EXHUMATION – Consider This
Exhumation is and always will be among India’s biggest death metal represents. Having been around since 2002, the quartet has battled through extended stretches of inactivity to bring out their first full length album in almost 10 years and first release since ‘For Personal Consumption Only’ in 2006.
The first track on ‘Consider This’ is ‘All That Is.’ The song (and pretty much the entire album) is built upon some stellar riffing courtesy Prashant Shah. The drumming is intense, maybe too intense and ends up sounding rather too mechanical at times. The vocal assault courtesy Aditya Mehta explores the extremes of the human voice box and it would be safe to say that his extremes are pretty fuckin’ extreme. The band’s earlier releases presented a more guttural tone, along the lines of Suffocation and Disgorge but ‘Consider This’ includes more varied high pitched screams as well. It works, too…
‘Blood Drenched Flags’ and ‘Black Plague’ continue the similar savage pounding to the senses and ‘Hell Forbid’ maintains the vibe of rhythmic relentlessness. The essential ‘sound’ of the album is a very violent, aggressive flurry of notes with some riffs repeating themselves in various avatars over the length of the album. The title track, ‘Consider This’ gets my pick of the album. The deeply intrinsic, burrowing hooks on the song dig deeper into your flesh, which is all that needs to be said about the song. As the album plays on and a minute turns to five, the initial whiff of evil that was felt turns into a fully blown gust of apocalyptic destruction/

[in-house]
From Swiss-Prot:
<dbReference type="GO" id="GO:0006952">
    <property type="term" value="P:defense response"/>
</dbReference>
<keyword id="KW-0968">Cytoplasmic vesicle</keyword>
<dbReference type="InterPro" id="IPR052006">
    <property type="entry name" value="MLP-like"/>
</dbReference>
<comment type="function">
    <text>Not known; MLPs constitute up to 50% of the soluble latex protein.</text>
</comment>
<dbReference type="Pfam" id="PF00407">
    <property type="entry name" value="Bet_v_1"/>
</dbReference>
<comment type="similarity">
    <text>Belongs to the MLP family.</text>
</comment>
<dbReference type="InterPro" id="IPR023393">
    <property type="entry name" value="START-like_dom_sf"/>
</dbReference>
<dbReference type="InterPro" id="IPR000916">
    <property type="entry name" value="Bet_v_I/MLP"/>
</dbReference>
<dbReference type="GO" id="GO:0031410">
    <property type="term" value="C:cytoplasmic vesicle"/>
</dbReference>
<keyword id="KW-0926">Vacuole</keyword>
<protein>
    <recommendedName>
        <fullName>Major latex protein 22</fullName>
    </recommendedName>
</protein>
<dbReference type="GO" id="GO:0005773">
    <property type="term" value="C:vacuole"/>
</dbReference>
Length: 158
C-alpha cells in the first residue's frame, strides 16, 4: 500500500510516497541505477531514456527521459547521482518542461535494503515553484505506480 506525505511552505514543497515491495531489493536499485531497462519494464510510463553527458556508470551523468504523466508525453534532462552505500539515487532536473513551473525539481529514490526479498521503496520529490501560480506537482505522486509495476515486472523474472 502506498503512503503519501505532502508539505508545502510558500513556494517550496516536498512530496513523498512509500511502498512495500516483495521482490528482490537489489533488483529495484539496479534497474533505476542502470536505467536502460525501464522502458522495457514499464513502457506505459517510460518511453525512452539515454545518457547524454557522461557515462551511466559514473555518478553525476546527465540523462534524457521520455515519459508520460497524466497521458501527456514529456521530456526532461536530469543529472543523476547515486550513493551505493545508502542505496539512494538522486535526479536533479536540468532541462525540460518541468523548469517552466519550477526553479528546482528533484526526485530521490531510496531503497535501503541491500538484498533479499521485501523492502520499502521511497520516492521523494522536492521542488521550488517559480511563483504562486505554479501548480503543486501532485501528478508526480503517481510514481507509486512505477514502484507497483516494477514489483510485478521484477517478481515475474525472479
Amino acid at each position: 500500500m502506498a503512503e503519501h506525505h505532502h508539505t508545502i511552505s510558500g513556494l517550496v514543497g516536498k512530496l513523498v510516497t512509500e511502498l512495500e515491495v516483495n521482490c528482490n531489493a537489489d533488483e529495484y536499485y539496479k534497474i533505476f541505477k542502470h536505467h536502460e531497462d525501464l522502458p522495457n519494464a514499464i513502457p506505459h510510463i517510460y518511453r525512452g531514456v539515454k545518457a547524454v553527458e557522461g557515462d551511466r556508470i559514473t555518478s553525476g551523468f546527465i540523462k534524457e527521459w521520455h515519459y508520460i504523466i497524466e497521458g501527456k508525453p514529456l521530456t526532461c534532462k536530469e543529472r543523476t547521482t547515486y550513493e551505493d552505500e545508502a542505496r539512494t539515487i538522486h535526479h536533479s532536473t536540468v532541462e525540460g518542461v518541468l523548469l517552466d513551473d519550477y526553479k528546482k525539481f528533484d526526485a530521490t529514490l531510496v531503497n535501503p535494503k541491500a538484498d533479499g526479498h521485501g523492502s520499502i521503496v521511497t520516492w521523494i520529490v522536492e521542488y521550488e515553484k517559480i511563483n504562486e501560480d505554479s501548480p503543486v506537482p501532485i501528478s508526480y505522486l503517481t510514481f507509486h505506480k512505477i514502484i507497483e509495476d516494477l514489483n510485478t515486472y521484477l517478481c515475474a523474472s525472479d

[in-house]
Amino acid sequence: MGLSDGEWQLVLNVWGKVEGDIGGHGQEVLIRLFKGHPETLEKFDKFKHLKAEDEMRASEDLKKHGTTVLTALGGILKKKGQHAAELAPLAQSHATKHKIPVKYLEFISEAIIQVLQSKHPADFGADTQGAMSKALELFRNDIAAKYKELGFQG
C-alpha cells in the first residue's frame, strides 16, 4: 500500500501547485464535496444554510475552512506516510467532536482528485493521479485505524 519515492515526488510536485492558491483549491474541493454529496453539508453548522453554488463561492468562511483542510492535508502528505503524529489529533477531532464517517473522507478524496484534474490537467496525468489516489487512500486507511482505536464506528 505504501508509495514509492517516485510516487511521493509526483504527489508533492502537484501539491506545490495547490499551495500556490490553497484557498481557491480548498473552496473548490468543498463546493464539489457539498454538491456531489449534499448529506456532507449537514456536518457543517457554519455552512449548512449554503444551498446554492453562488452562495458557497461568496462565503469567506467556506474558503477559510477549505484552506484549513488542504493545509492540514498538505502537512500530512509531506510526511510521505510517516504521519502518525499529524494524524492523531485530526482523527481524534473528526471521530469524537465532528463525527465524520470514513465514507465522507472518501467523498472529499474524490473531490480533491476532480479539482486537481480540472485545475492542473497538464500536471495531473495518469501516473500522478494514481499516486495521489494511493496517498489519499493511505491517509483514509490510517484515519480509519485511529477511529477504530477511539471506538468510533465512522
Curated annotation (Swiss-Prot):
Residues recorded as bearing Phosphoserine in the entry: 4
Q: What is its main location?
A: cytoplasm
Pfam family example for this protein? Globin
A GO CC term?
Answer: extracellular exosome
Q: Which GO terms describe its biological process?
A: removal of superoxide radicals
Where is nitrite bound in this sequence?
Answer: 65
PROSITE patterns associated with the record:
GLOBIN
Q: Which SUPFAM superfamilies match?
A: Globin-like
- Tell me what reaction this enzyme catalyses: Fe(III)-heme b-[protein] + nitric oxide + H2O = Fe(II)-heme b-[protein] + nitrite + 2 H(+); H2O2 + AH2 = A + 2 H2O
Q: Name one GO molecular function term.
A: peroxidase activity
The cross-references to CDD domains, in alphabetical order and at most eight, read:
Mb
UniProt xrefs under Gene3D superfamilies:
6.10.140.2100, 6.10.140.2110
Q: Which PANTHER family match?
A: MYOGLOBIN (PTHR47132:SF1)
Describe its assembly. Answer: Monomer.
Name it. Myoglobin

That said, through out the entire album, there’s a very disturbing lack of energy in the music, a trend that hasn’t presented itself in any of the band’s previous outputs. The music is brazenly barbaric and downright terrorizing at times. Case in point: ‘Absolute Power Now.’ Yet, the slick, layered production wipes away the grime and dirt that brutal death metal revels in, and extinguishes the living pulse of the music. Not to take anything away from Kuber Sharma, the man behind the console but to me, this music is one that is best served raw and ‘Consider This’ sounds far too processed and lifeless to fit into the greater scheme of things.